Speaking at U.N., president attacks rise of ‘right-wing populism,’ takes open digs at Donald Trump
President Barack Obama addressed the United Nations General Assembly Tuesday morning, defending globalization and attacking those who wish to defend their national sovereignty and interests.
His message was clear: The nations of the world must forfeit their own security, both physical and economic, and their cultural identities to advance the one global order.
“I am convinced in the long run, giving up some freedom of action … enhances our security.”
“I believe at this moment we all face a choice” between a “better model of cooperation and integration” and a “retreat into a world that’s sharply divided,” Obama said. “We must go forward and not backward.”
Obama criticized the “alternative visions of the world [that] have pressed forward” in the face of globalization. “I do not believe those visions can deliver security or prosperity over the long term,” he said. “The answer cannot be a simple rejection of global integration.”
He singled out particularly an “aggressive form of nationalism” and a “populism from the Right” that harkens back to a “better age free from outside contamination,” a clear reference to Donald Trump and the host of national conservative and populist parties across Europe that continue to rise in the polls.
In fact, Obama took a thinly veiled shot at Trump himself in defending global cooperation in the face of diseases like the Zika virus. “Mosquitoes don’t respect walls,” Obama said.
The president insisted that “the world is too small — we are too hacked together — for us to be able to resort to those old ways of thinking.”
Obama insisted that a "global economy that depends on a global supply chain makes it self-defeating" to resist globalization, and also defended globalization on the grounds that "the integration of our global economy has made life better for billions of men, women, and children."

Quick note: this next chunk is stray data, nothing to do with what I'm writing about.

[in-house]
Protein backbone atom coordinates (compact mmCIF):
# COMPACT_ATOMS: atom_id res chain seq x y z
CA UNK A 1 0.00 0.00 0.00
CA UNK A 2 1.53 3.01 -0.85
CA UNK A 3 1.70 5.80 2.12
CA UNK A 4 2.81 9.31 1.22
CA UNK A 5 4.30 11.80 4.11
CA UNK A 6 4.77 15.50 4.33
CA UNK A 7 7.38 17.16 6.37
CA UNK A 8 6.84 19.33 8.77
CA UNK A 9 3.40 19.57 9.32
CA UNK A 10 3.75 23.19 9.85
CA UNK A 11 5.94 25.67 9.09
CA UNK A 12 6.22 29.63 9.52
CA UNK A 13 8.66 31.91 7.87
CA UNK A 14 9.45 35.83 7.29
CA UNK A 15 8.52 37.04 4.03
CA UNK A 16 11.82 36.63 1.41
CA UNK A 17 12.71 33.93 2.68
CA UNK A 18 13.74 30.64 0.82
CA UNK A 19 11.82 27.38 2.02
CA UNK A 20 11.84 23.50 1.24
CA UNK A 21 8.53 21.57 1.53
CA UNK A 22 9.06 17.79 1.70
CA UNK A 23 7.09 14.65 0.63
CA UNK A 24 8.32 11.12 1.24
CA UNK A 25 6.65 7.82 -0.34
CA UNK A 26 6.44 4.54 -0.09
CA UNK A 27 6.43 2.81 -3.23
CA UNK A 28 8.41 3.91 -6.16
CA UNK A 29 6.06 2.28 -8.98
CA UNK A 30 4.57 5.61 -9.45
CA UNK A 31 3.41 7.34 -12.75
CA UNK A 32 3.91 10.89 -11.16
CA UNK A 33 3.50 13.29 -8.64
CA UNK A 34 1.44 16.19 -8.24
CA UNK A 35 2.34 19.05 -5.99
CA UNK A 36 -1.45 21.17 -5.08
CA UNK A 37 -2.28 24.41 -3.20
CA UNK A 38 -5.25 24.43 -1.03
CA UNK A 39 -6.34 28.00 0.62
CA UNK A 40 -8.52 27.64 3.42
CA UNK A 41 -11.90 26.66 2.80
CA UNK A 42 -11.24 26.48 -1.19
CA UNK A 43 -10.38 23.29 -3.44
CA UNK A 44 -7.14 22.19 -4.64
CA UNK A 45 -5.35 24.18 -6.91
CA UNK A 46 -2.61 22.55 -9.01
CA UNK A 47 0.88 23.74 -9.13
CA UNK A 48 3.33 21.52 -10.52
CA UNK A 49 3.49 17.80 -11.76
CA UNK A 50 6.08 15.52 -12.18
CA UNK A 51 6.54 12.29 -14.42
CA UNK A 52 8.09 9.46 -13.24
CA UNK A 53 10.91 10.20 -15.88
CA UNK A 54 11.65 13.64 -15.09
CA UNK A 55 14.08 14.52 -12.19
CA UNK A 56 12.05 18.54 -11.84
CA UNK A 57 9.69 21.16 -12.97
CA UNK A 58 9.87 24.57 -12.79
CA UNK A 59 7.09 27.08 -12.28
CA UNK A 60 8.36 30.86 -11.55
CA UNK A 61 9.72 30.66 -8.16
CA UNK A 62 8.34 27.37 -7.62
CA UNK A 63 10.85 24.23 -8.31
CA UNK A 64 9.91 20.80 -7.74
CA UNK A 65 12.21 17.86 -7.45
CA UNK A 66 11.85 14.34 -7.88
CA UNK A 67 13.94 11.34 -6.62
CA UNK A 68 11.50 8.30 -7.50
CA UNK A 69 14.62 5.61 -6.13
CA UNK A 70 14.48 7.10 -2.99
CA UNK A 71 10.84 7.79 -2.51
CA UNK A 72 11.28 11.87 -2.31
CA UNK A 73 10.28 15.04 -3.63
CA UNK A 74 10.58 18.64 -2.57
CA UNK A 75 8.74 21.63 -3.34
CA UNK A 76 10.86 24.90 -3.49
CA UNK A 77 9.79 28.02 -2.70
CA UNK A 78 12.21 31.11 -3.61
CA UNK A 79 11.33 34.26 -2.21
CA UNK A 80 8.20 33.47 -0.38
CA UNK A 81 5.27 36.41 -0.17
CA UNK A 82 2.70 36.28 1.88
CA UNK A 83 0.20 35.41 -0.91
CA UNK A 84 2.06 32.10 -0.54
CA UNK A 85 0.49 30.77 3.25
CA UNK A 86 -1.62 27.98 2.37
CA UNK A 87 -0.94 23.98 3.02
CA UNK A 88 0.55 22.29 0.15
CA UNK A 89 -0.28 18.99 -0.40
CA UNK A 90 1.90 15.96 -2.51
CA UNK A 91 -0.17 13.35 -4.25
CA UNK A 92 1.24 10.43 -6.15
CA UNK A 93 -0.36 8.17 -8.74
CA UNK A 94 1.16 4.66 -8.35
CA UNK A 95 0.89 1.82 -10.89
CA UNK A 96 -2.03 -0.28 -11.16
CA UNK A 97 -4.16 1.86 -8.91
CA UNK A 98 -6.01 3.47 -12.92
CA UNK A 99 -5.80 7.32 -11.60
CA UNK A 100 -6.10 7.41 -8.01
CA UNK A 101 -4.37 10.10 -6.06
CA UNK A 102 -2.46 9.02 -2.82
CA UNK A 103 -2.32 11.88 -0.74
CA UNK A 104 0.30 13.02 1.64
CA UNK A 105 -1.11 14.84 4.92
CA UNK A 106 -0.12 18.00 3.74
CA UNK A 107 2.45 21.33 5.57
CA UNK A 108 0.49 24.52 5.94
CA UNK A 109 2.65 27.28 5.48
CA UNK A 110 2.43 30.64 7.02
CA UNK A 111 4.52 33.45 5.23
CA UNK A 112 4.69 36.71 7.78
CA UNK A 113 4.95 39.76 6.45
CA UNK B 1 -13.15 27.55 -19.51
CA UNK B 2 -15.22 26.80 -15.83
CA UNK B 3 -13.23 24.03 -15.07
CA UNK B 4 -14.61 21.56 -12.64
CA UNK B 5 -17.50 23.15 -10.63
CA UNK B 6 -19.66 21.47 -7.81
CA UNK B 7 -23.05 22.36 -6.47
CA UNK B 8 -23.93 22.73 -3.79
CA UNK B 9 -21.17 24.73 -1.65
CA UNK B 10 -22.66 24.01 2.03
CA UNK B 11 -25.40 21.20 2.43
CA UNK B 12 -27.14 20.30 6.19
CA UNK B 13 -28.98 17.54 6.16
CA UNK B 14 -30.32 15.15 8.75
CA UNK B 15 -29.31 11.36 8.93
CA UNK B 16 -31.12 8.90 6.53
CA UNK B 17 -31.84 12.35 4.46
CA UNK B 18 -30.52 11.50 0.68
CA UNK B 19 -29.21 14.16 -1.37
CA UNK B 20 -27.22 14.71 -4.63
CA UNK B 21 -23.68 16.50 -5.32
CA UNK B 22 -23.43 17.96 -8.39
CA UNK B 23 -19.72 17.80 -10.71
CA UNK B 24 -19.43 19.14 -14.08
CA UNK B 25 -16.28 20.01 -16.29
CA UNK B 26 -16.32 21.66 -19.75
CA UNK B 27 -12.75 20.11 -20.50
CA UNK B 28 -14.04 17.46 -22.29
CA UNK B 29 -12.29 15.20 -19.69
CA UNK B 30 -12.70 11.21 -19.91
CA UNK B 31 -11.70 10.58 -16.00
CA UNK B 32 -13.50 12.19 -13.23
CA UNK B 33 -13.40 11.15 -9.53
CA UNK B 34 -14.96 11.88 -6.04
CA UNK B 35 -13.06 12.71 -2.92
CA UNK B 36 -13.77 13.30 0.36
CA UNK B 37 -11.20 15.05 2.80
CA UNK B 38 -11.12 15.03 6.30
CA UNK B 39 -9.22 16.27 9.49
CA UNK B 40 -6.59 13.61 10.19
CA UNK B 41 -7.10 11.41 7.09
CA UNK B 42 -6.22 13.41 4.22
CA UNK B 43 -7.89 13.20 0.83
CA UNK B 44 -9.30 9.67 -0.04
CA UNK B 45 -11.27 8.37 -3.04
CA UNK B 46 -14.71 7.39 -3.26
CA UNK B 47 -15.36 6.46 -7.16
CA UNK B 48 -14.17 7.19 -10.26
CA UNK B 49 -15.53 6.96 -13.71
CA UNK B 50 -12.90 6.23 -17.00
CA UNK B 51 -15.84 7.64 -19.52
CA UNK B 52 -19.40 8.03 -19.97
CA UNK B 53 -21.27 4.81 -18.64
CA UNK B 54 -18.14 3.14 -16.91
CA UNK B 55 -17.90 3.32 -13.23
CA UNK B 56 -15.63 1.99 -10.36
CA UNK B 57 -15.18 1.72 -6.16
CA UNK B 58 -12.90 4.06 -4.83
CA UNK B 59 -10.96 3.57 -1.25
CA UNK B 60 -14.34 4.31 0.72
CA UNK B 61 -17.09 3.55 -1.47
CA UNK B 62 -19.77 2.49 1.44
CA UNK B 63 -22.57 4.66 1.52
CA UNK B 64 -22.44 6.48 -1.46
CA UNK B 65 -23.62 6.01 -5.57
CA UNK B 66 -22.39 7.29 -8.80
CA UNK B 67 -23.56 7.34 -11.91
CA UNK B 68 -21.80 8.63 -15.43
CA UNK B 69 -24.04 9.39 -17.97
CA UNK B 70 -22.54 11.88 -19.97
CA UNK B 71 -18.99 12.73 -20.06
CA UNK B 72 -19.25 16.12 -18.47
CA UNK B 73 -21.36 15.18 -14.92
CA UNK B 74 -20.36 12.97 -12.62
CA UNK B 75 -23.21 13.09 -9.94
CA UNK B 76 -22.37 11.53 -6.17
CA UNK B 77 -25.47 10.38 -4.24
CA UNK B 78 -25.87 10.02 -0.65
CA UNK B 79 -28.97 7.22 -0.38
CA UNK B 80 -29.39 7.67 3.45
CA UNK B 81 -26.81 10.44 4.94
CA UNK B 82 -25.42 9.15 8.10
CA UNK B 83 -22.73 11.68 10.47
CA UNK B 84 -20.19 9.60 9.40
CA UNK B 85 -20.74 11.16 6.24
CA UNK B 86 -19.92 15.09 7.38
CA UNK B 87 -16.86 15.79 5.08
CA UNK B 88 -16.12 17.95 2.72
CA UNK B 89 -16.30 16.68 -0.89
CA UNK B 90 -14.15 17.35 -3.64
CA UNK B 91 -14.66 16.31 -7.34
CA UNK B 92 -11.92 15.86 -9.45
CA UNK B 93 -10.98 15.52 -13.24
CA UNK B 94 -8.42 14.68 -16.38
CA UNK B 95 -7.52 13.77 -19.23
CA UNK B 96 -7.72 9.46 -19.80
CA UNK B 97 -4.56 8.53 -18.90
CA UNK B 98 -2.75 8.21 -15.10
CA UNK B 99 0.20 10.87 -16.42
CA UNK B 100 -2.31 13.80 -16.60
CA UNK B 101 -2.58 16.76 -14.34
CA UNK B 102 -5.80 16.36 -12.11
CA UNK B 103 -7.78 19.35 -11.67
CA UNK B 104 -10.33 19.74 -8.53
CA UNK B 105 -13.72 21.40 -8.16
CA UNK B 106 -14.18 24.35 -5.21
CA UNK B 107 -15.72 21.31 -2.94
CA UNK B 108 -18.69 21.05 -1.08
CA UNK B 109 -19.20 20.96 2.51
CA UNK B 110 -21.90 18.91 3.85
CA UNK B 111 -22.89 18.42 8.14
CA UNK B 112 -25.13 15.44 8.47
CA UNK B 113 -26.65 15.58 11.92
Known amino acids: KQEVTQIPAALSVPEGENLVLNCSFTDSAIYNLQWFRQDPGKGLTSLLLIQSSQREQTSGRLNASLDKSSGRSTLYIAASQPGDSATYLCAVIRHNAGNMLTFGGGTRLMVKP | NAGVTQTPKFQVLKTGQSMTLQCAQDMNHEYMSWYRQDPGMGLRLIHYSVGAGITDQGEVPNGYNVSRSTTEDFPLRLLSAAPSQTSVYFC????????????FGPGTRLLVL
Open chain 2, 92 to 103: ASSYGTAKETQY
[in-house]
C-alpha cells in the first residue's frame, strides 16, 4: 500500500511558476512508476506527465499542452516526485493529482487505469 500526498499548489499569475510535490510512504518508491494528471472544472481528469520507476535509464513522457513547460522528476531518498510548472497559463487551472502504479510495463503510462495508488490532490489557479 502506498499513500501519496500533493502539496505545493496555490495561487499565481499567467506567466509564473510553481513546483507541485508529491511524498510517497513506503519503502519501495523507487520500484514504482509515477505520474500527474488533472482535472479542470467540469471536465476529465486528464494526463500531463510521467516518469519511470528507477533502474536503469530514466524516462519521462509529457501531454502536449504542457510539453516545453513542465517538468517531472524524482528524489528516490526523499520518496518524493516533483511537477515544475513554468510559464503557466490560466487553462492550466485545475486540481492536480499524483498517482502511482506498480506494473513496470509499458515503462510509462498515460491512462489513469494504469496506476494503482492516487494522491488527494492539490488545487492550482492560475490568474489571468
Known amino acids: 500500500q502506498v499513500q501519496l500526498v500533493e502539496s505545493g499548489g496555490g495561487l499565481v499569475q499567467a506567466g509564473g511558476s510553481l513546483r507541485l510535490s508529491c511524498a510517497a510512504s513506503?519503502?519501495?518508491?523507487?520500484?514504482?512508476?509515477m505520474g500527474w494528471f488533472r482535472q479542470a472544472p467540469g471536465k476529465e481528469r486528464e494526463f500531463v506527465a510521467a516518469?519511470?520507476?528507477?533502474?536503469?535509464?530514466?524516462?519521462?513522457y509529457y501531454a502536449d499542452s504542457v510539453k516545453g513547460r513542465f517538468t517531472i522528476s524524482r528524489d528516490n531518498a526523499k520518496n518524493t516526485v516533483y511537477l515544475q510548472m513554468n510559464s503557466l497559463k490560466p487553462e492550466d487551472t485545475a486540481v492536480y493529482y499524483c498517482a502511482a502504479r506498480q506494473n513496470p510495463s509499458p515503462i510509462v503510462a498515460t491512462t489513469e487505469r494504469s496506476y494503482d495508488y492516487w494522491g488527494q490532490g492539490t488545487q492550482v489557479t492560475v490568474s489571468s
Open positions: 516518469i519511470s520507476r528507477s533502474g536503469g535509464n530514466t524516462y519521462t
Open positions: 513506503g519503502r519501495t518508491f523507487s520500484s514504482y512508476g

But a global supply chain does not necessitate that Chinese companies own American farmland, or that skilled laborers in the United States face unfair competition from cheap foreign labor. If global integration has made life better for billions outside of America, it has done so at the expense of millions within America.
Obama also reminded the assembled nations that a central part of this wonderful new globalized world is surrendering national sovereignty. "Powerful nations, like my own, [must] accept constraints," Obama said.
"I am convinced in the long run, giving up some freedom of action — not giving up our ability to protect ourselves or pursue our core interests, but binding ourselves to the international rules over the long term — enhances our security," he said.
And of course, one can't have a nationless world without a borderless one, and Obama did his best Tuesday to advocate mass Muslim migration.
"We have to open our hearts and do more to help refugees who are desperate to find a home," Obama said. "We have to follow through, even when the politics are hard."
"We should all understand that ultimately our world will be more secure if we are prepared to help those in need," Obama said. This is demonstrable nonsense. A series of terrorist attacks and the veritable epidemic of rape and sexual assault in Europe that arrived in the wake of the mass of Muslim migrants prove as much.
Despite the clear and present danger posed by Muslim migration, Obama insisted that nations "blessed with wealth and the benefits of geography … can do more to offer a hand.